Creating a mask for enhancements in Adobe Photoshop isn’t much more difficult than creating it in Adobe Illustrator. It’s only a little more complicated due to the more options offered by the program. All you have to do to complete the process successfully is to remember a few important things. First of all, it’s worth knowing from the beginning what effect you want to achieve. The process is completed successfully when you come away with a file (or files) with points displaying a 100% K value. These areas should have defined contours with no blurring.
This time, we won’t go through the process of creating a cover from start to finish. We’ll move onto specifics right away. Let’s have a look at the tools used to create the effects shown in our booklet of enhancement samples. We’ll skip the workspace preparation phase for the cover design. Watch this video to find out how to do this.
We’re in for a wild ride!
Part of a cover – the layer to be printed
There possibly isn’t a more obvious method than “manual” filling in of the areas we want to enhance. To do this, choose hard brushes with a 100% K value. Working with brushes is neither the fastest nor the most precise way of achieving your objective. However, there are certain circumstances where you aren’t given a choice. A great example here is the cover created for “Dia de Muertos”.
Part of a cover with 3D varnish applied.
Its beauty lies in the fact that the 3D varnish imitates the beads that make up the mask in the image. The beads could not be selected automatically (e.g. using the “select colour range” command or the “magic wand” tool) and then filled with black. They would “blend” to create a single blurry mass. So there’s nothing left to do other than the tedious placing of dots in the spots to be covered with the varnish. Contrary to popular belief, this isn’t too time-consuming. Plus the end result is well worth the time dedicated to it.
End result, i.e. a mask ready for application of 3D varnish
Naturally, we’re working within a separate layer to be later exported as a PDF.
Similarly as with the method above, it is a “manual” technique: you use the tool to trace the outline of the shape to be enhanced. Shapes are vector graphics, so you don’t have to worry about blurred edges. Make sure your filled shape displays a 100% K value.
Graphic designers rarely visit the filter gallery. They might do it out of curiosity, at the beginning of their adventure working with Adobe Photoshop, to check out the options offered by the program. Later, they are treated as a useless novelty. Still, when designing 3D enhancements, filters are a true mercy. What do you do when you want to “extract” the texture of your graphics? Doing it using the pen tool is almost impossible; not to mention that it’s as tedious as attempting to free-form select a bunch of dill. With a bit of creativity, it’s just a few simple steps. First of all, copy the layer containing the graphics the texture of which you want to highlight. Then, if necessary, change it into black and white and increase the contrast – to a distorted level even, if necessary.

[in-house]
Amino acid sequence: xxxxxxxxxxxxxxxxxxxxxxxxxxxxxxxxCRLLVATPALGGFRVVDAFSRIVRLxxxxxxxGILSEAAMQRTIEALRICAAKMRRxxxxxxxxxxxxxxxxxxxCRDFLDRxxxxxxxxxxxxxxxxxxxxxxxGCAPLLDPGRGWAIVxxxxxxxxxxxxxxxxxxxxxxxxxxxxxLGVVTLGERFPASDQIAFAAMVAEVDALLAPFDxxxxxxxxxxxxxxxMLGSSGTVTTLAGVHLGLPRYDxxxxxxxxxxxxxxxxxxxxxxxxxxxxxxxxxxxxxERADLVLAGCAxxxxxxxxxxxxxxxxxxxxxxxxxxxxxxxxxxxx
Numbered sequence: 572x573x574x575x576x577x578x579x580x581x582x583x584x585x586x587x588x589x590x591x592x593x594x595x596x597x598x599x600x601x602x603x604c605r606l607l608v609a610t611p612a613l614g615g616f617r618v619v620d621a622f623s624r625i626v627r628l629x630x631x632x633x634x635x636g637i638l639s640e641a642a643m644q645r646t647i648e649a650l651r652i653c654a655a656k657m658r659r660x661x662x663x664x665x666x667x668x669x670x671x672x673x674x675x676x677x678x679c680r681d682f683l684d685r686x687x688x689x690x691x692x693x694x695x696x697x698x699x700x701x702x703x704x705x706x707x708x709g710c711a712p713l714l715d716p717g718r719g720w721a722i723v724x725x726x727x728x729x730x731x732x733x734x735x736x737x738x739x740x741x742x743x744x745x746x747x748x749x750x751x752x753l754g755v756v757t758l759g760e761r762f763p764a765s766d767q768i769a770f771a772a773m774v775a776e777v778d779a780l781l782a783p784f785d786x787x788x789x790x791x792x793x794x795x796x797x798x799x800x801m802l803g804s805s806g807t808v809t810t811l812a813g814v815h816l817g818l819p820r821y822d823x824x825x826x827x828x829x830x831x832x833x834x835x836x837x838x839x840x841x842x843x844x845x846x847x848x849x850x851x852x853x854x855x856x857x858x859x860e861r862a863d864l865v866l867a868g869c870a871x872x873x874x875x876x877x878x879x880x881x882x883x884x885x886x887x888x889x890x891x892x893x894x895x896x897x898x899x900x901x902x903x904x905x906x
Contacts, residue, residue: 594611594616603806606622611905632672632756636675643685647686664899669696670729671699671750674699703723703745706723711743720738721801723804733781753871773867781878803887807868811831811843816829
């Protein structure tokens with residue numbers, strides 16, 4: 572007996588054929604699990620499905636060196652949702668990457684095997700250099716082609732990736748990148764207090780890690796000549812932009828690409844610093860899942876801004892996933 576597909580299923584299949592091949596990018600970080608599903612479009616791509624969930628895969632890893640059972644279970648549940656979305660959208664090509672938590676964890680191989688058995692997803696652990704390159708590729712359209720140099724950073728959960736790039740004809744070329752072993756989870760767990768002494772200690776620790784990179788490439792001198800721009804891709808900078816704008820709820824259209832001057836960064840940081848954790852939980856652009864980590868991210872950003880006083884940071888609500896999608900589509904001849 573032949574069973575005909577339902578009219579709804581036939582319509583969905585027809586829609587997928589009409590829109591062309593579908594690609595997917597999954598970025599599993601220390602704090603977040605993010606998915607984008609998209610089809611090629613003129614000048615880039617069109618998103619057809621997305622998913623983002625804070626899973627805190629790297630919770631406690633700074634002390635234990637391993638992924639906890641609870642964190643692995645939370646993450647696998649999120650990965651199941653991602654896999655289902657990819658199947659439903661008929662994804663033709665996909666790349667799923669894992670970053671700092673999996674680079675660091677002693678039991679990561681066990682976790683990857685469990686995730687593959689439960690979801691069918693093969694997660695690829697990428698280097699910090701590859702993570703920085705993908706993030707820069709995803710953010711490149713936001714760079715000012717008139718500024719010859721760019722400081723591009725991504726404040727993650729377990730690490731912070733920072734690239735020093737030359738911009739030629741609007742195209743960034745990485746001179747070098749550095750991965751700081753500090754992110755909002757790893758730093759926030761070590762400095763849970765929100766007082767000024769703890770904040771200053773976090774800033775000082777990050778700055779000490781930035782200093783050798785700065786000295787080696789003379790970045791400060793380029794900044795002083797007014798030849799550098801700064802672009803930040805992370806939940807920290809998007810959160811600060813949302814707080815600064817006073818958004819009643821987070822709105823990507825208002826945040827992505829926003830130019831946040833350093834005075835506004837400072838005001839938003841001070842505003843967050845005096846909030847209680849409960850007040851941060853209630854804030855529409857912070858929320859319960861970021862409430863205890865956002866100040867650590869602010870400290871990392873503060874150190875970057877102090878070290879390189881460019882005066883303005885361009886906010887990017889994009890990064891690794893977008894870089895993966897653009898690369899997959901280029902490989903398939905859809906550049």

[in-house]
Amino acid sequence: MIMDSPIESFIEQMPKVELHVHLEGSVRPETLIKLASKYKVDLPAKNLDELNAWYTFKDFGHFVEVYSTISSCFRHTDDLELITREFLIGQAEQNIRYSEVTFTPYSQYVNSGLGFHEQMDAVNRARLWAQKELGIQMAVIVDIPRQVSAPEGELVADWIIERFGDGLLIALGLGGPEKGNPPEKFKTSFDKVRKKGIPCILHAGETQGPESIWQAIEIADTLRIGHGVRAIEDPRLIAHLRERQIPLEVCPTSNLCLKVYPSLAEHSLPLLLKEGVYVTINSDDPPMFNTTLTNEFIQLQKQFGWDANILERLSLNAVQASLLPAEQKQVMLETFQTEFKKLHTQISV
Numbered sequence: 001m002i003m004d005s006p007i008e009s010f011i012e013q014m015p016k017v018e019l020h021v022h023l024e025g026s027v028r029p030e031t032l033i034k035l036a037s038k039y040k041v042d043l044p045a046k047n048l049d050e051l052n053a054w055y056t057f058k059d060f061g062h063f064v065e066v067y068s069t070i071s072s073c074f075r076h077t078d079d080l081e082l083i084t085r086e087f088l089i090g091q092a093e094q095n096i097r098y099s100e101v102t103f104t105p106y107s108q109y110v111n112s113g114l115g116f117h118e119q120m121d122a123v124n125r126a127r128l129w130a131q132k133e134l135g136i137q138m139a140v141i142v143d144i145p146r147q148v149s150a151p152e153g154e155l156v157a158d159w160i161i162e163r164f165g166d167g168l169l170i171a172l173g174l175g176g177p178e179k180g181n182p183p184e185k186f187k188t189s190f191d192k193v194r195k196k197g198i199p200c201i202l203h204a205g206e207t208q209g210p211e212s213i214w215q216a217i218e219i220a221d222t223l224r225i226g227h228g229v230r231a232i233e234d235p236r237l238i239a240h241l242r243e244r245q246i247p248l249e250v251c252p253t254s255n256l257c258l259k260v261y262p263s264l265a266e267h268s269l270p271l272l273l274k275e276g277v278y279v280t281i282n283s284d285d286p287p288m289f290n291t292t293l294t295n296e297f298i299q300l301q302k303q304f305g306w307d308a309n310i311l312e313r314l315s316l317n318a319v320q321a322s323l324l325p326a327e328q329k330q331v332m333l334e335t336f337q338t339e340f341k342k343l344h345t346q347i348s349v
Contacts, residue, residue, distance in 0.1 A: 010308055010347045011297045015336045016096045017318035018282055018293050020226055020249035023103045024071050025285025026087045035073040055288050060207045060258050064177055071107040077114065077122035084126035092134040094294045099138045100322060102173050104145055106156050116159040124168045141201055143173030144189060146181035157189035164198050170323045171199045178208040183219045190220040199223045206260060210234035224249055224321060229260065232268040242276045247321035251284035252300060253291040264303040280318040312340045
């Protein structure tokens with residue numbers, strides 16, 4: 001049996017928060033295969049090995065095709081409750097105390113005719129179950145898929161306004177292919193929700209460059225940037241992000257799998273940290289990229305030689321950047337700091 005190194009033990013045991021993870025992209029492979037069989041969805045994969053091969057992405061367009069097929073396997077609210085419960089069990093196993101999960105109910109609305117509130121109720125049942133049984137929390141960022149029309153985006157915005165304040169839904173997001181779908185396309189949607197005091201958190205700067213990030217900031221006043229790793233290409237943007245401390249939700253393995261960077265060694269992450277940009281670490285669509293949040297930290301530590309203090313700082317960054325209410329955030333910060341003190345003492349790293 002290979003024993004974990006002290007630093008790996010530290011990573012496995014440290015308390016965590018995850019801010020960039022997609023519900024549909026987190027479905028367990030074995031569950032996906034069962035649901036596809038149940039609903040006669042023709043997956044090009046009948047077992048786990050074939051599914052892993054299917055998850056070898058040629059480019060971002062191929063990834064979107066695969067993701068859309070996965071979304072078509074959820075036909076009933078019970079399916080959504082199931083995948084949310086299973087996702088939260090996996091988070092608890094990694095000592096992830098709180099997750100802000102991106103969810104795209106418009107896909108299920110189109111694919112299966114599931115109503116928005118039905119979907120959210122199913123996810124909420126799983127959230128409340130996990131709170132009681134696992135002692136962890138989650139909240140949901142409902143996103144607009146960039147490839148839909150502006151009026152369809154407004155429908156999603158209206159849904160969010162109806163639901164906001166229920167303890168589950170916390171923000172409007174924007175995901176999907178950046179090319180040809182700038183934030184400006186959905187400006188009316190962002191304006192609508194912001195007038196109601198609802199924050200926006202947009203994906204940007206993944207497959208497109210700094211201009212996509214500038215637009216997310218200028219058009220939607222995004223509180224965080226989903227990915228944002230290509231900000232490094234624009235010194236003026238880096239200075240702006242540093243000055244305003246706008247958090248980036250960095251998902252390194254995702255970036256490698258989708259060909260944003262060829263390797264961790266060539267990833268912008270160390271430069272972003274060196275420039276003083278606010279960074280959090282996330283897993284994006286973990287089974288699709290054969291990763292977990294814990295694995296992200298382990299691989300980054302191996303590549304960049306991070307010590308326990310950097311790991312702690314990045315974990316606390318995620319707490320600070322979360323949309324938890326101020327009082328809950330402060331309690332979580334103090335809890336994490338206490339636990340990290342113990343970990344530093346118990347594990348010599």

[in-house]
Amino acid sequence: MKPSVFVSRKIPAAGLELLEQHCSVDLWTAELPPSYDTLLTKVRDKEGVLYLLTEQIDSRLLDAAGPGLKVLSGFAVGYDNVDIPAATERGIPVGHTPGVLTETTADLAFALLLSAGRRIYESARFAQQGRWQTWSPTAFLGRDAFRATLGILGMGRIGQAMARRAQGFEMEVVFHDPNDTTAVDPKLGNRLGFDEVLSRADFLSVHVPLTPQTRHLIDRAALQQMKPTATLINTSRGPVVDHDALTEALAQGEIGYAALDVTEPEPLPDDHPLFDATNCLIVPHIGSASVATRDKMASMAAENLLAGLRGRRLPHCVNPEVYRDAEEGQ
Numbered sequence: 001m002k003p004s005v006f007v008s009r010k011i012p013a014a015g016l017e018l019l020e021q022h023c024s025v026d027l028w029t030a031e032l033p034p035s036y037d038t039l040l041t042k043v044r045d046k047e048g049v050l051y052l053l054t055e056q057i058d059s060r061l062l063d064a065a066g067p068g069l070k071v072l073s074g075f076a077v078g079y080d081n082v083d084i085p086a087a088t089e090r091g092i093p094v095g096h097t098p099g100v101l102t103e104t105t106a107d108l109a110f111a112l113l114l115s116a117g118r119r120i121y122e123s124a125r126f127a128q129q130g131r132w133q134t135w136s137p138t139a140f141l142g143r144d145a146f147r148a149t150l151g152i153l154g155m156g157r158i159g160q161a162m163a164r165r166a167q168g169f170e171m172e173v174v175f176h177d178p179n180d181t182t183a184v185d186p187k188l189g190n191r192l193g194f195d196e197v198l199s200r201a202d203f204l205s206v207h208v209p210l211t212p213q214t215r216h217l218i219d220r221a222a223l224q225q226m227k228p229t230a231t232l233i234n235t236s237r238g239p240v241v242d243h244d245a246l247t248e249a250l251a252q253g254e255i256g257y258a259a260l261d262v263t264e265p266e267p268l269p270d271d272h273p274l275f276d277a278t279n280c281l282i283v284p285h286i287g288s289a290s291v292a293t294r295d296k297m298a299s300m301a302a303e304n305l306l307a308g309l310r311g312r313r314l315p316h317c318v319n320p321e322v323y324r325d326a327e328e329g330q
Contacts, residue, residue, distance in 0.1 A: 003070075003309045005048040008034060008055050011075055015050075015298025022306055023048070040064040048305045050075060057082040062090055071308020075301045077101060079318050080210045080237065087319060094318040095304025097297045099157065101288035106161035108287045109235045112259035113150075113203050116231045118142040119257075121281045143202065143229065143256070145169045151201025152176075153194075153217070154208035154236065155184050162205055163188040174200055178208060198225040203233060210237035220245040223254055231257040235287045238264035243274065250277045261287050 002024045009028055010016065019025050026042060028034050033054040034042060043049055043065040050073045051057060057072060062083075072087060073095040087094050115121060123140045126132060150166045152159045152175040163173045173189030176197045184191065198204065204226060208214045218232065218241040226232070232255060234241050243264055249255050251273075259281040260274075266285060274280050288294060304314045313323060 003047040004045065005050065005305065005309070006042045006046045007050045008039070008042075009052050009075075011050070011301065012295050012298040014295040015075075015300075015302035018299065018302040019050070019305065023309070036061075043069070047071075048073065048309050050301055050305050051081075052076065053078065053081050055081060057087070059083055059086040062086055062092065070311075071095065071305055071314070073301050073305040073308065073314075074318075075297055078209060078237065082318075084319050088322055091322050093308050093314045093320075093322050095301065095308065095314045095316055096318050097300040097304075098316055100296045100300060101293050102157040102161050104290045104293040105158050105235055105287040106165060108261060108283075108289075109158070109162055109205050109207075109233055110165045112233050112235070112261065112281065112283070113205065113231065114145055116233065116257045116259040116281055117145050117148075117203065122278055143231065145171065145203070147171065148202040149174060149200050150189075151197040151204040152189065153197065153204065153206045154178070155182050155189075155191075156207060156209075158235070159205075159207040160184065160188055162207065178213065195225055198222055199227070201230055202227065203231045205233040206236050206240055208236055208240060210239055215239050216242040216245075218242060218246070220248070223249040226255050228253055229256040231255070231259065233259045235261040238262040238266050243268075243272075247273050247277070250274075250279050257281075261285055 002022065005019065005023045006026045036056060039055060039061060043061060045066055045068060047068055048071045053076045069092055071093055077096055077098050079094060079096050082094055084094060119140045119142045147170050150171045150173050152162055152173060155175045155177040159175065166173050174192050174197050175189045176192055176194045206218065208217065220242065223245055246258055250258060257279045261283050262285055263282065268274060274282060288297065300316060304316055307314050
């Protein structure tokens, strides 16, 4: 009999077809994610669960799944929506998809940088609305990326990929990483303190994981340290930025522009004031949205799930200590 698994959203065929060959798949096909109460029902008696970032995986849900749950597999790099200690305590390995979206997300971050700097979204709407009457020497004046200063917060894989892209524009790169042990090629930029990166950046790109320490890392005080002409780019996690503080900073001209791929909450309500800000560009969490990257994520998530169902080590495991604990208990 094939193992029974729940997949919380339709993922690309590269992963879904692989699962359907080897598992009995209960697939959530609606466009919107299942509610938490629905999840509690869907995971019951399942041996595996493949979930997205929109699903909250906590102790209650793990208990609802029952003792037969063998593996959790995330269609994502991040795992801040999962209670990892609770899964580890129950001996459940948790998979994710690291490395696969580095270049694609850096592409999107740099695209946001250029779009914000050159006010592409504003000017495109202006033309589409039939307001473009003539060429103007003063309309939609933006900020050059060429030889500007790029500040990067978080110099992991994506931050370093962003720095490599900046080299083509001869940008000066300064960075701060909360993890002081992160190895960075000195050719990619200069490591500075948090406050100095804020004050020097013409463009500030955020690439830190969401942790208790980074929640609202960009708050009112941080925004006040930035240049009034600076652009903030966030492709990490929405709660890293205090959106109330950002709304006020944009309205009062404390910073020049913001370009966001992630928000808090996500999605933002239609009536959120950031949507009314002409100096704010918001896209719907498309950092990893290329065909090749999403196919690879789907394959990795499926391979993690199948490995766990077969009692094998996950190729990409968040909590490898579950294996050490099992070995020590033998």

The next step is to use the filter gallery. The “sketch” section is where the most useful filters are, i.e. “stamp” and “chrome”. Naturally, if you find something that appeals to you more, go ahead and use it. But this isn’t all yet. Remember that your objective is to create a layer with points displaying a 100% K value.
Another example of challenging cover graphics
Choose the “image” option, then “adjustments” and select the “threshold” command. The “threshold” filter converts your images as to show the areas lighter than the threshold as white and the darker ones as black. As a result, we are left with a black and white layer.
A mask ready for application of 3D varnish
You determine the threshold level yourself. If you’re satisfied with the effect provided by this filter, and if necessary, you can now introduce some corrections manually. Don’t worry about the resulting shapes not being perfect. The varnish applied combined with your graphics will make a spectacular impression.
Adhere to the rules during your creative process. To obtain good results, you have to follow the technical recommendations to be found in our guide in the section entitled “3D Touch enhancements”.
Absolutely not. These are just the basics. They’re a good start as far as the 3D Touch technology is concerned. As you become more experienced, you’ll develop your own techniques to achieve the desired effect. After all, practice makes perfect, and perfection in this case translates into breath-taking book covers.
Graphic designer at Totem.com.pl. She writes because she enjoys it, but only when she isn’t busy drawing. Enthusiast of vintage furniture, she restores them to their original glory. Lover of cats, moths and the Moomins.
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